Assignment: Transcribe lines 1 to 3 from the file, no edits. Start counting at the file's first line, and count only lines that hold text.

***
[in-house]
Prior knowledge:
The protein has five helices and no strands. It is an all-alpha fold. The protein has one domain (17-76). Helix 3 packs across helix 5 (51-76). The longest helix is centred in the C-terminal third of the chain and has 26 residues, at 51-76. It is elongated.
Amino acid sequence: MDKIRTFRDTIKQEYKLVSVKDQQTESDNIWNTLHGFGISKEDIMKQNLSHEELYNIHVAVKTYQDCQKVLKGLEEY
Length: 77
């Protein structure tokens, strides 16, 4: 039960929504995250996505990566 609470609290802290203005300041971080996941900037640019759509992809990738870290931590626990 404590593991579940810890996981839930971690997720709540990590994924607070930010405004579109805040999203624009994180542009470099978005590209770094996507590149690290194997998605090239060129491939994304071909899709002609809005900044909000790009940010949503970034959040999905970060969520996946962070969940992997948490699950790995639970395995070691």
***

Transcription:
[in-house]
Prior knowledge:
The protein has five helices and no strands. It is an all-alpha fold. The protein has one domain (17-76). Helix 3 packs across helix 5 (51-76). The longest helix is centred in the C-terminal third of the chain and has 26 residues, at 51-76. It is elongated.